I think my problem with the film is that it’s a very Serious Film, utterly humourless, po-faced, demanding to be seen not as a film but as a Statement About Something, the sort of film which is consciously designed to impress festival juries, award-giver-outers and critics, but which doesn’t follow its own instincts. The film-makers never seem to acknowledge any of the absurdities of the situation, and they’re in denial about the film’s real predecessor, SPECIES (this is basically a film about an alien which takes the form of a sexy woman in order to seduce men). And the film also errs in its basic storytelling. The director said somewhere that he saw it as being about immigration (I’m paraphrasing), yet by casting a famously attractive woman in the role, it inevitably becomes more about the treatment of women than the treatment of refugees. Which is possibly just as well, because as a film about refugees it shows that they come over here, disguise themselves, seduce then eat our menfolk, then the film expects us to be sad when the natives say enough is enough. So, as a film about refugees (or any type of immigrant) it’d be a great bit of propaganda for UKIP, the BNP, the Tory right, the Labour heartland voters and Mr Trump. Actually that should appeal to quite a lot of people. As a film about women, it’s probably even worse. Let’s see, the protagonist dolls herself up in order to prey on poor innocent men then dies because someone fails to rape her. (Quite a significant spoiler there – sorry.)

There’s no denying its surface gleam, its dazzling misery and powerful imagery; but if you sit back for even a few seconds and think about what the film’s saying then it seems to come horribly unstuck. Jonathan Glazer has assembled an extraordinary kaleidoscope of scenes, sounds and images, but his storytelling is, at best, muddled, and at worst, hideous. In a way UNDER THE SKIN is a depressingly empty film, a pretentious housing estate sci-fi (not that there’s necessarily anything wrong with housing estate sci-fi) (mind you the current exemplar of the genre is the frankly loony Jean-Claude Van Damme non-starrer UFO so it’s certainly a genre with a long way to go). And, being an empty film, you can let your mind fill it however you want. But turn off your brain and it’s a hauntingly unsettling triumph.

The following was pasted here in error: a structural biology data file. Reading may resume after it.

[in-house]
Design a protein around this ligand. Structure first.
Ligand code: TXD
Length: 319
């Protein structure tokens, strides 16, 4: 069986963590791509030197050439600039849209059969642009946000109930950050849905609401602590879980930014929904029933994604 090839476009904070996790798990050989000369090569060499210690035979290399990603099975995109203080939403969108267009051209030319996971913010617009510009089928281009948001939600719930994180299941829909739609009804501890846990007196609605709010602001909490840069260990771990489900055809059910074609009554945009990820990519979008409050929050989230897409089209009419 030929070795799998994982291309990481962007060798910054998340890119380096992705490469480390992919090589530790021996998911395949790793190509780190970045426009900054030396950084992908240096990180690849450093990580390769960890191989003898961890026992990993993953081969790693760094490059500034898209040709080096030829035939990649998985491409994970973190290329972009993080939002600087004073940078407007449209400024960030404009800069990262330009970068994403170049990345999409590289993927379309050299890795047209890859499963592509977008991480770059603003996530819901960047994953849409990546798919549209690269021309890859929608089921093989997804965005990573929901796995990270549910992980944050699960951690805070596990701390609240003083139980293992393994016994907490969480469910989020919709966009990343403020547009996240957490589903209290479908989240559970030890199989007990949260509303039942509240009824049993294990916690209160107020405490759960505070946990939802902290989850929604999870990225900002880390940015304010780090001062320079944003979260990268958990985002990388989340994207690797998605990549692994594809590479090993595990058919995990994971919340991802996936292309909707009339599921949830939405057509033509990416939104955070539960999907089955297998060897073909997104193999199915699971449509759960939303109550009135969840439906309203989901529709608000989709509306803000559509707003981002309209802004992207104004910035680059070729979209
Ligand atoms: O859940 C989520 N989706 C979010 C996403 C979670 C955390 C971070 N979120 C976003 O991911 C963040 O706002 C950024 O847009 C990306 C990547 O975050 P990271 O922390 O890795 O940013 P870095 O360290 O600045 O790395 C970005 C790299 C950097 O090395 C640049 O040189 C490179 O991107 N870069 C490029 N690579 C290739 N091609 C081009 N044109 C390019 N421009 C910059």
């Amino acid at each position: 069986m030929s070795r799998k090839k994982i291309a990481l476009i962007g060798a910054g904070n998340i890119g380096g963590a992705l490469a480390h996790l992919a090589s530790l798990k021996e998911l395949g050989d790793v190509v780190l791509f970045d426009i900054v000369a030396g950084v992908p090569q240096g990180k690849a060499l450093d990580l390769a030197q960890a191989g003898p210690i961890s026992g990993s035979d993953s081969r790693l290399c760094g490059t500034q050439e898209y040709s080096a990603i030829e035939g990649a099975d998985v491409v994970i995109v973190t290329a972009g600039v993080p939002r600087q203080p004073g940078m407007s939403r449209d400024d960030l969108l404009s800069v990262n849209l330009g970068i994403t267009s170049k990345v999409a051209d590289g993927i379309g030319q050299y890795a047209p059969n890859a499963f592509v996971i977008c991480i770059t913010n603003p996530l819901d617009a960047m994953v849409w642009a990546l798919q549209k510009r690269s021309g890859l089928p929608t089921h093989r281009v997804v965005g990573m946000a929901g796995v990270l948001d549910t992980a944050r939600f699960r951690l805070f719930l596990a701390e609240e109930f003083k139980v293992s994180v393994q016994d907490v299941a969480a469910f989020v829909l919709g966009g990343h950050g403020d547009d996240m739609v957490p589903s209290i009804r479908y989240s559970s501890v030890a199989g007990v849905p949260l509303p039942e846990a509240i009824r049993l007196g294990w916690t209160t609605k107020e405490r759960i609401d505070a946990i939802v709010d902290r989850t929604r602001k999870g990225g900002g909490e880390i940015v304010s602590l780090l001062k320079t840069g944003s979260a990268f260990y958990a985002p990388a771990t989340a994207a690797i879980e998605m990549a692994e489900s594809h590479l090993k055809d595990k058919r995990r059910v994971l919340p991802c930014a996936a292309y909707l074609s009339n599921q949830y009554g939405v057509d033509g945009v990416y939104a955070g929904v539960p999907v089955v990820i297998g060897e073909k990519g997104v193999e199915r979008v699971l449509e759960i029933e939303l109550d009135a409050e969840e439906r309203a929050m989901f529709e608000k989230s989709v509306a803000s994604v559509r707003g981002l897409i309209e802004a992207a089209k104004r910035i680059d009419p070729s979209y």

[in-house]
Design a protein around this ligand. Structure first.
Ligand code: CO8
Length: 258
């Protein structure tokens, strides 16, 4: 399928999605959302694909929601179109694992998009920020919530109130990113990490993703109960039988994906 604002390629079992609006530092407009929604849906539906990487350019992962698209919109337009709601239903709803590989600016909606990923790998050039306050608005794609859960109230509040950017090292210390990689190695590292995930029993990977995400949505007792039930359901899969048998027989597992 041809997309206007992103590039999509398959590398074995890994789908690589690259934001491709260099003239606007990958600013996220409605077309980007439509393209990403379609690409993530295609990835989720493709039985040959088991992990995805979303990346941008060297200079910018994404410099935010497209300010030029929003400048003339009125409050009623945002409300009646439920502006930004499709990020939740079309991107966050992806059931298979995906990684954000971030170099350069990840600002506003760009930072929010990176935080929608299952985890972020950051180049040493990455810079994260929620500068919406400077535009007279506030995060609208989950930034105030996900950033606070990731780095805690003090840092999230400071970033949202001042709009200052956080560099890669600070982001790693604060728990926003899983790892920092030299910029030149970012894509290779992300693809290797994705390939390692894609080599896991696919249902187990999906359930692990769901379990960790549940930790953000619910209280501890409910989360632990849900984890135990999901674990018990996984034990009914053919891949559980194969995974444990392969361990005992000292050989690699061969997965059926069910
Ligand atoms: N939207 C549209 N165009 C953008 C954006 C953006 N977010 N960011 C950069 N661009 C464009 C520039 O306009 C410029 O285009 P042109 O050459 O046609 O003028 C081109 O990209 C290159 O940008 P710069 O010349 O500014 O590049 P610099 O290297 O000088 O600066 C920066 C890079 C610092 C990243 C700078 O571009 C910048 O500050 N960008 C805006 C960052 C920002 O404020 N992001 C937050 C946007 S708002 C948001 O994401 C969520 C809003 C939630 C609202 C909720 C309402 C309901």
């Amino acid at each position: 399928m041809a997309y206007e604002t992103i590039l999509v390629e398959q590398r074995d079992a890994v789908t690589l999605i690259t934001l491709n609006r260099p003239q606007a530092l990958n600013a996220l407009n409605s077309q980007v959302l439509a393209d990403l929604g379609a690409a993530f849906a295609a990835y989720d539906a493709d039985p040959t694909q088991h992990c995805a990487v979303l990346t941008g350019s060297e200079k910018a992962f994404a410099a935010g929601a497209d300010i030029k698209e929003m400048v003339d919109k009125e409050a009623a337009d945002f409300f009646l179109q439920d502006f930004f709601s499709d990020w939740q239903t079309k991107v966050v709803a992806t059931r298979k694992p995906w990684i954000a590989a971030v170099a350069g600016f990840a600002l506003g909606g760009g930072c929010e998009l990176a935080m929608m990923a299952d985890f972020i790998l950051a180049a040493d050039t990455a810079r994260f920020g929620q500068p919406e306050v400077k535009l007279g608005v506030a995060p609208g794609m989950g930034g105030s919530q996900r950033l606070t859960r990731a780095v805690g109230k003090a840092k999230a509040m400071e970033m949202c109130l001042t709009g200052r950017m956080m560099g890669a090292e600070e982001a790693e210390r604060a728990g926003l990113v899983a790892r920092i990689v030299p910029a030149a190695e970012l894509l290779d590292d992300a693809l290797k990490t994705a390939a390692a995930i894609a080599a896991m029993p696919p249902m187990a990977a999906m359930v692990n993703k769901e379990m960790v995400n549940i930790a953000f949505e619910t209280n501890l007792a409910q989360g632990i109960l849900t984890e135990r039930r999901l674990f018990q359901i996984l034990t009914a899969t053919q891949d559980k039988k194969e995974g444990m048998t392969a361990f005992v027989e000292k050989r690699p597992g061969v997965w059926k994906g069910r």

Review by Matt Usher


  • Scarlett Johansson: Captain America 3, The Jungle Book – Origins (voice), Hail Caesar, Avengers Assemble 2, Lucy (2014), Chef, Captain America 2, Her (voice), Don Jon, Hitchcock, Avengers Assemble, We Bought a Zoo, Iron Man 2, He’s Just Not That Into You, The Spirit, Vicky Cristina Barcelona, The Other Boleyn Girl, The Nanny Diaries, The Prestige, Black Dahlia, Scoop, The Island (2005), Match Point, In Good Company, A Good Woman, The Perfect Score, Girl With The Pearl Earring, Lost In Translation, Eight Legged Freaks, The Man Who Wasn’t There, Ghost World, Home Alone 3, The Horse Whisperer, North
  • Joe Szula: Neds
  • Paul Brannigan: Scottish Mussel, Beyond, Sunshine On Leith, The Angel’s Share